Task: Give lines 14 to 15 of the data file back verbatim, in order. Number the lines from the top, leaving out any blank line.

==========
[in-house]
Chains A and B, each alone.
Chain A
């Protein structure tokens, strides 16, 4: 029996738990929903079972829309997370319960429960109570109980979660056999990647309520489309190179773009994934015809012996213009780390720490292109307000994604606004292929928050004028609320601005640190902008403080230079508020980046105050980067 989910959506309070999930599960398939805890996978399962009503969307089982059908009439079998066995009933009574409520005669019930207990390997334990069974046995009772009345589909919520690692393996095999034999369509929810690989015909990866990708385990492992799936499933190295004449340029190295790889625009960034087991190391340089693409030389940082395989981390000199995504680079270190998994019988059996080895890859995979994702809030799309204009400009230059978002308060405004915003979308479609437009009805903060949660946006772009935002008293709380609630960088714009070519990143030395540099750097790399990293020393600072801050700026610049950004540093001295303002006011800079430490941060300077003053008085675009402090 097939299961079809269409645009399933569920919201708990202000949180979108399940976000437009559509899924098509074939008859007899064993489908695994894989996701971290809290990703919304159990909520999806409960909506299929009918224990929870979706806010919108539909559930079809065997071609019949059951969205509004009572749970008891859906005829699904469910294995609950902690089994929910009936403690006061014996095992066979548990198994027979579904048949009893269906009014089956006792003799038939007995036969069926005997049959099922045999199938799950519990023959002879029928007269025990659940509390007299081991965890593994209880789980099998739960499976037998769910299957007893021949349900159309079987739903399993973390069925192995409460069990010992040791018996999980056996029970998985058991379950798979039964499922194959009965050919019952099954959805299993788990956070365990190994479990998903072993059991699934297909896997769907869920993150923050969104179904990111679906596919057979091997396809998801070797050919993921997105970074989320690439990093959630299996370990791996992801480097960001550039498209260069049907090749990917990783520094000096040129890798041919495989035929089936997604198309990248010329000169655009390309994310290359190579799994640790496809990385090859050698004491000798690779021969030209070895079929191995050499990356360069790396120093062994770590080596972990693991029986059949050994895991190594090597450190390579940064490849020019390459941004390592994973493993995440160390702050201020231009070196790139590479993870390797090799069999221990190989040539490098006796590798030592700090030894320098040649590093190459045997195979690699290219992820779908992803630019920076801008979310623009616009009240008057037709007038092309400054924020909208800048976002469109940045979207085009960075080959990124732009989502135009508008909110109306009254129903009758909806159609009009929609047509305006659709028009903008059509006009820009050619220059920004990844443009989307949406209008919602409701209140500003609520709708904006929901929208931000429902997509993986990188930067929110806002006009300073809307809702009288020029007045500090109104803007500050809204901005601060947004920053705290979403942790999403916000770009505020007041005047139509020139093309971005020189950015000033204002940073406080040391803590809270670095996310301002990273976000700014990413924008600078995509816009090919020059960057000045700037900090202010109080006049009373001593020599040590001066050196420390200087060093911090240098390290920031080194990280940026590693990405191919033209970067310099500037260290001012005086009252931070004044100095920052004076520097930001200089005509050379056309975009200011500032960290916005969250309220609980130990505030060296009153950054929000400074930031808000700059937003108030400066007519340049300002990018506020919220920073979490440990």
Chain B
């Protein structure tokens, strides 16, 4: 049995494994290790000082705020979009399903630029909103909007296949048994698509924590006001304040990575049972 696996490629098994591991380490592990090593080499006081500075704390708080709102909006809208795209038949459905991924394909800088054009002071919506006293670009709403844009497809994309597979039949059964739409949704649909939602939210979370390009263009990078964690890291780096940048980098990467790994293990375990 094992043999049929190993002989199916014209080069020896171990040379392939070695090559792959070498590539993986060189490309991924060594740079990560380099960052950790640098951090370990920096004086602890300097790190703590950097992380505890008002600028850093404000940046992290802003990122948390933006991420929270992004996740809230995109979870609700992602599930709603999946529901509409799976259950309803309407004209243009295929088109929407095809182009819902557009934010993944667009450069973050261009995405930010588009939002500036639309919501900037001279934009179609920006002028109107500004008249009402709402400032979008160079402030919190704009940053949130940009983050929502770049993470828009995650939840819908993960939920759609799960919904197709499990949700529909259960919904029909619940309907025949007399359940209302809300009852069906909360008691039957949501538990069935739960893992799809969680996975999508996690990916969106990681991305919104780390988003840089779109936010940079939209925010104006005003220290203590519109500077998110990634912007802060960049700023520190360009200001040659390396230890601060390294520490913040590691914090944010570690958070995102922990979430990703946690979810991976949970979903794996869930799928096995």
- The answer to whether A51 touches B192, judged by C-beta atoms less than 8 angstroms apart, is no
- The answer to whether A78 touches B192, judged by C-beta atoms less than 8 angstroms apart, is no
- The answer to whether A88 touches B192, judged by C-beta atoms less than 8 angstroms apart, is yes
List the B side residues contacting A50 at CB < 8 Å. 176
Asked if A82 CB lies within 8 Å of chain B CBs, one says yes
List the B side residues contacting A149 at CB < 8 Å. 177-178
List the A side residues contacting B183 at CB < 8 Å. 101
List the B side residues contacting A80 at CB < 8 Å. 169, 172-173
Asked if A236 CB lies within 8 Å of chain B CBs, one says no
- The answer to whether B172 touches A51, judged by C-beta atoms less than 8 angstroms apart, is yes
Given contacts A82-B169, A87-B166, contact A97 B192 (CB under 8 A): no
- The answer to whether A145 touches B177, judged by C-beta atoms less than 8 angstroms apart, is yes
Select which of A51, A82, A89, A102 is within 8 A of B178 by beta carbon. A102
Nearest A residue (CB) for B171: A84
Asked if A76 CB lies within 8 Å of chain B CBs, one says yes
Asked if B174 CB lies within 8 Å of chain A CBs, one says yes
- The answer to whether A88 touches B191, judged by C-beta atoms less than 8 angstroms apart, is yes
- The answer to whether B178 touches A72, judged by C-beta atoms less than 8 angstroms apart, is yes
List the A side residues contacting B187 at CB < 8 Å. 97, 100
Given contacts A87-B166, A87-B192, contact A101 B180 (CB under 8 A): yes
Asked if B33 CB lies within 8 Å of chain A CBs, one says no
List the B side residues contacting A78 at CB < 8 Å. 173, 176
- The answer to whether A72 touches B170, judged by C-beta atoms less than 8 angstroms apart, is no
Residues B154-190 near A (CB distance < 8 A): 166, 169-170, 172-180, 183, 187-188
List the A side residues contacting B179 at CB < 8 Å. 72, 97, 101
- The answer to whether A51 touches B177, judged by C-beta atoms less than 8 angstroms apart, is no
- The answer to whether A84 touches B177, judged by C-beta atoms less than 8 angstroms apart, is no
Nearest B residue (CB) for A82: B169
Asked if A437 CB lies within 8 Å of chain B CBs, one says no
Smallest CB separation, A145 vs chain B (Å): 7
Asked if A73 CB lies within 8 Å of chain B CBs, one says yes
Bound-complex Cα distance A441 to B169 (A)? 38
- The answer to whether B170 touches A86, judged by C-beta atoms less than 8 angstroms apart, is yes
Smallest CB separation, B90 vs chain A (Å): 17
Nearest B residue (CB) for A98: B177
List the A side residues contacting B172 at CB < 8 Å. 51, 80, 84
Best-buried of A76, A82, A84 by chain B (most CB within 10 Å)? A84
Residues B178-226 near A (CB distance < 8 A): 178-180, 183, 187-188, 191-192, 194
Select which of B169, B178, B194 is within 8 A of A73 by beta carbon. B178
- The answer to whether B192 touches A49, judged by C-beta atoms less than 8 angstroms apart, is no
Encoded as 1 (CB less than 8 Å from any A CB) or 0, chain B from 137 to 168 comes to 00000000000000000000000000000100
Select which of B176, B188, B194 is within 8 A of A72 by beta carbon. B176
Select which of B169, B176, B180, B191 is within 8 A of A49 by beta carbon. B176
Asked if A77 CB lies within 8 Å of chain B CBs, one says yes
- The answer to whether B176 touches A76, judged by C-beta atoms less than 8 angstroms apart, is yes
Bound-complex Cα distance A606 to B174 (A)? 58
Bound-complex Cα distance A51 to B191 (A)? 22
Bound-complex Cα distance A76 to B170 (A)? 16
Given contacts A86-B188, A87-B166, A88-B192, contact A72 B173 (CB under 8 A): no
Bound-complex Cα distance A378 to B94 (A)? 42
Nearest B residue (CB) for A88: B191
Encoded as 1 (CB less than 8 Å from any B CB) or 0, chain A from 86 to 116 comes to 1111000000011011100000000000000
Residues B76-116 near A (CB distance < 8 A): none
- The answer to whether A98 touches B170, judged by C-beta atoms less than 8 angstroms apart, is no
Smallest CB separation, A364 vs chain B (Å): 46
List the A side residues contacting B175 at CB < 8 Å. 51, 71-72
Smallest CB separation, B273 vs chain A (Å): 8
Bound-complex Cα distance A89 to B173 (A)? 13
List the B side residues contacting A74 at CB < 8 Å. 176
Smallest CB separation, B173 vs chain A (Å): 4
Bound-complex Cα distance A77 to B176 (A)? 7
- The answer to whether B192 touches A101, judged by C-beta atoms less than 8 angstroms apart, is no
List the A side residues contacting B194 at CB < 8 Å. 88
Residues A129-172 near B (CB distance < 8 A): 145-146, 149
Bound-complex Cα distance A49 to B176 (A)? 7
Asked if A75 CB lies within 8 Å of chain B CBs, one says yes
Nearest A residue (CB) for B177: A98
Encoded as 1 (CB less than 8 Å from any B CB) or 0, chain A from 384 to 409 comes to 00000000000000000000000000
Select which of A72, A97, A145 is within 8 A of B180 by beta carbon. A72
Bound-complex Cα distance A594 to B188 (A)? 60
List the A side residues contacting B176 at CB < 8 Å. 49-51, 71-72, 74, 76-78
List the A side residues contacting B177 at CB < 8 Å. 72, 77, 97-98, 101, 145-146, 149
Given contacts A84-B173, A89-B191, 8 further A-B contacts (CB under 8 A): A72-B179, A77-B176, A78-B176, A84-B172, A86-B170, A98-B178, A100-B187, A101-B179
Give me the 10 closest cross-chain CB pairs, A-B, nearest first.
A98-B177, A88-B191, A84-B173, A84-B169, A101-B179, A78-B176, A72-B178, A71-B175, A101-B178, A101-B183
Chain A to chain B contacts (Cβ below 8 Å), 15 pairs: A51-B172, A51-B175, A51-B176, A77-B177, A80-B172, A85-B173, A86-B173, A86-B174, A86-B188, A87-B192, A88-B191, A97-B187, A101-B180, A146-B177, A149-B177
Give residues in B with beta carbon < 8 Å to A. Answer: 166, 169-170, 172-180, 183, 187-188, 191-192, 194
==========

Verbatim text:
List the B side residues contacting A80 at CB < 8 Å. 169, 172-173
Asked if A236 CB lies within 8 Å of chain B CBs, one says no